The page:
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May 22 2006

Zongzi (Rice Dumplings in Bamboo Leaves) 粽子
A traditional Taiwanese dish

Zongzi: Rice dumplings in bamboo leaves

Wednesday May 31 (2006), is Dragon Boat Festival. In China and in Chinese communities worldwide, that means boat races for some, but delicious zongzi for all. At this time of year, the unmistakable smell of bamboo leaves is in the air, and there are few things more tantalising to the nostrils than steaming zongzi. Zongzi are eaten all year round but during the Dragon Boat Festival (the fifth day of the fifth month of the lunar year) and for the following month or so, millions are consumed. Normally eaten as a snack; a hefty snack – one Taiwanese zongzi eaten in the afternoon will keep you going until dinnertime. Two zongzi and, well … forget dinner.

The main ingredient of zongzi is glutinous rice. Other ingredients and flavourings vary from region to region. They come in different sizes and shapes, and some are wrapped in leaves other than bamboo. Most are savoury, some are sweet, some are boiled, some are steamed. Professional zongzi makers are getting more creative every year, but I have never eaten anything better than the product made from the recipe below for typical pyramid shaped steamed Taiwanese zongzi.

Zongzi wrappers

Quite a lot of ingredients are involved, and a trip to the Chinese grocery will be necessary if only to buy the bamboo leaves. But I reckon the key to a great taste is the fatty pork. The fat turns to oil when it is cooked and its flavour diffuses through the zongzi. Don't be swayed by the anti-fat Nazis into buying the leanest meat you can find – skimp on fat and you lose flavour. Besides, the small piece of pork in each zongzi is just one of many ingredients.

I won't kid you by telling you that making zongzi is easy. It is time consuming, and you will want to allocate the best part of a day for shopping, preparation, and cooking. It can be tricky putting zongzi together and wrapping them into nice pyramids – organizing a little work gang to help is a good idea. So, if you are going to do it, scale up. My recipe makes 20 pieces but for a little extra labour, you could double the quantities and make 40.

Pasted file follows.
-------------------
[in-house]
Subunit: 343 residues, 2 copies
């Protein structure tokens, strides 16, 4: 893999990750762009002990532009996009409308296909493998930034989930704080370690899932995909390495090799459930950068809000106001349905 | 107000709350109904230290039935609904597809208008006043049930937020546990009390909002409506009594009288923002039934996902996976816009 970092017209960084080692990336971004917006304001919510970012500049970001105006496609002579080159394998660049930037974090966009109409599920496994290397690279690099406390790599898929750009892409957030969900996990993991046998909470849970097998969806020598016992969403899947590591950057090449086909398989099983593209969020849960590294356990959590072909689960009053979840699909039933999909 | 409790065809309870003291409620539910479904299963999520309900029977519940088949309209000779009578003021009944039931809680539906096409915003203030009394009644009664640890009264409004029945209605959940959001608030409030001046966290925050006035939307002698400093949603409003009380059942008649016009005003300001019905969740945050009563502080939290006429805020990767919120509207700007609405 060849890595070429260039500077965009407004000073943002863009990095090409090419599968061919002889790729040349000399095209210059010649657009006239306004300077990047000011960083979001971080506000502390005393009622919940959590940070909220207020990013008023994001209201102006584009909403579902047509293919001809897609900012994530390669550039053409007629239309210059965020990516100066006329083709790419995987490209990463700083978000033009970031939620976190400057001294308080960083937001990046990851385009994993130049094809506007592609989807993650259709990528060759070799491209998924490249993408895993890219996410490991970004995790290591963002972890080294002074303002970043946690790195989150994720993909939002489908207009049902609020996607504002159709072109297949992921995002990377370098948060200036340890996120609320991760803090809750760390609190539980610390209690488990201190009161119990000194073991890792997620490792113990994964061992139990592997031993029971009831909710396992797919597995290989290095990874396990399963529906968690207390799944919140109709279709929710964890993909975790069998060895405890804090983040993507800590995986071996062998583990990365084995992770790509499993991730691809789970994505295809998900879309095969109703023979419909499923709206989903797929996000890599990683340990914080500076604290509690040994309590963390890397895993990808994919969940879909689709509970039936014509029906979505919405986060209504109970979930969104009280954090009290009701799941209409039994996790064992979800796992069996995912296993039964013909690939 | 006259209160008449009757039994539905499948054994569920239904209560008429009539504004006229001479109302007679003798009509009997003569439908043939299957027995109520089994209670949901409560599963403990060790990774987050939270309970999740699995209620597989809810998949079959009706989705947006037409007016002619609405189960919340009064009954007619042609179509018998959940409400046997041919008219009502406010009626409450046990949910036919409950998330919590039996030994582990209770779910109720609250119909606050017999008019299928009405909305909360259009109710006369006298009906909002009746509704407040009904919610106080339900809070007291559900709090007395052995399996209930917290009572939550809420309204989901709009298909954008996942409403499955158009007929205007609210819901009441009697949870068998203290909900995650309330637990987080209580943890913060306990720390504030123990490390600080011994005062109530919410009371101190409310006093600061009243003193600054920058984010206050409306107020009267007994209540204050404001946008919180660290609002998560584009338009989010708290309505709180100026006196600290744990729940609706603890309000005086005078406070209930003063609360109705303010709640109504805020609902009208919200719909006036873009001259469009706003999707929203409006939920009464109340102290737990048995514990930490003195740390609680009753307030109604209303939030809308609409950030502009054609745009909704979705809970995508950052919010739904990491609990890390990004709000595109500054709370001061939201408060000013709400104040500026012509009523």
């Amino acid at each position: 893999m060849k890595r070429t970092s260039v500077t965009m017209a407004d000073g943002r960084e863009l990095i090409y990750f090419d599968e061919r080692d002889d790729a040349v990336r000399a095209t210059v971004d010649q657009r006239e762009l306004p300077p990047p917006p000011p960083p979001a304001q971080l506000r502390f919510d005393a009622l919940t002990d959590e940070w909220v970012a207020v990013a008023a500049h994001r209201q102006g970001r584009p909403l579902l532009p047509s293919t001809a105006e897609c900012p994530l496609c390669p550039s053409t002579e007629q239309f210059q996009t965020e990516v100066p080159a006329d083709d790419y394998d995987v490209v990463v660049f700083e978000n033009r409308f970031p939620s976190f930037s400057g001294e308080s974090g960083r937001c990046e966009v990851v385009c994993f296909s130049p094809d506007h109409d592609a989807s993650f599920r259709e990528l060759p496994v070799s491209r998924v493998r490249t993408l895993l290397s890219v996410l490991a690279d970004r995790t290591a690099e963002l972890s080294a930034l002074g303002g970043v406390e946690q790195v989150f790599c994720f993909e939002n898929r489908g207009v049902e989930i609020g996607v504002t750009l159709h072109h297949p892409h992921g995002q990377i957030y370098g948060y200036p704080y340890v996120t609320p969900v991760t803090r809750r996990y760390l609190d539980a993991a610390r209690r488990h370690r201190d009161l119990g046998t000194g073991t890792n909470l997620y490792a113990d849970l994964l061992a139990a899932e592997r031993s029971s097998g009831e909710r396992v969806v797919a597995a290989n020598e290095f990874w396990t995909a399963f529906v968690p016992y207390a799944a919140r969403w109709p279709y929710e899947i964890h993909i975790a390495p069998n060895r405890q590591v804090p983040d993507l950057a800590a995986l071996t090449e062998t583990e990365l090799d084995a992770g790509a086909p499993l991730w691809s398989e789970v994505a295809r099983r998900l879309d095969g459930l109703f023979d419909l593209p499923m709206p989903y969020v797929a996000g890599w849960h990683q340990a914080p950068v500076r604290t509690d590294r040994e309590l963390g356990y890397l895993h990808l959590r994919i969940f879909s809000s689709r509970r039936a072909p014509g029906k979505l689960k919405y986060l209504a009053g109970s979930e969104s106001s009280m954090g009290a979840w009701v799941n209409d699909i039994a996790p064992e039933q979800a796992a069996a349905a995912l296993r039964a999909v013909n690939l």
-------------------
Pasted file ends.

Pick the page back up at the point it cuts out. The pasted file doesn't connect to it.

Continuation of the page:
Recipe for Zongzi



Apr 3 2006

Ku Klux Loquat
Eriobotrya japonica

Tree fruit in Taiwan is normally grown on steep land where paddy rice is impossible to cultivate. Around the hills outside Taichung, where I often ride my bicycle, there are countless orchards, and over the course of a year I see many kinds of fruit come and go with the seasons. March and April is the time of the loquat.

Loquat trees stand about two metres high. Lately they are all dotted with puffed-up paper bags. The bags are tied to branches and enclose ripening bunches of orange-coloured loquats. They keep birds off, discourage insects, and by keeping the direct sun off, make for a sexier fruit at the market. Farmers prune loquat trees severely, forcing the fruit to push skyward rather than hang down. The effect of the bagged bunches can be a little disconcerting on first encounter – a little like stumbling on a covert Ku Klux Klan meeting with the shrunken, hooded heads of hundreds of Klansmen protruding from the foliage (see Loquat Grove photo).

Loquat Grove

The large-leaved loquat tree is indigenous to south eastern China, and that region is still the most important area of Chinese cultivation. Today though, a thousand years after the loquat was introduced from China, Japan is the world's leading producer. The species name japonica, reflects an incorrect belief that the fruit is native to Japan.

The fruit, skin, seeds, and leaves of the tree all have medicinal uses. The loquat, according to Chinese traditional medicine doctor Henry C. Lu, is useful in treating cough, thirst, constipation, asthma, nosebleeds, and pharyngolaryngitis. Other sources say rosacea can be treated with loquat leaves.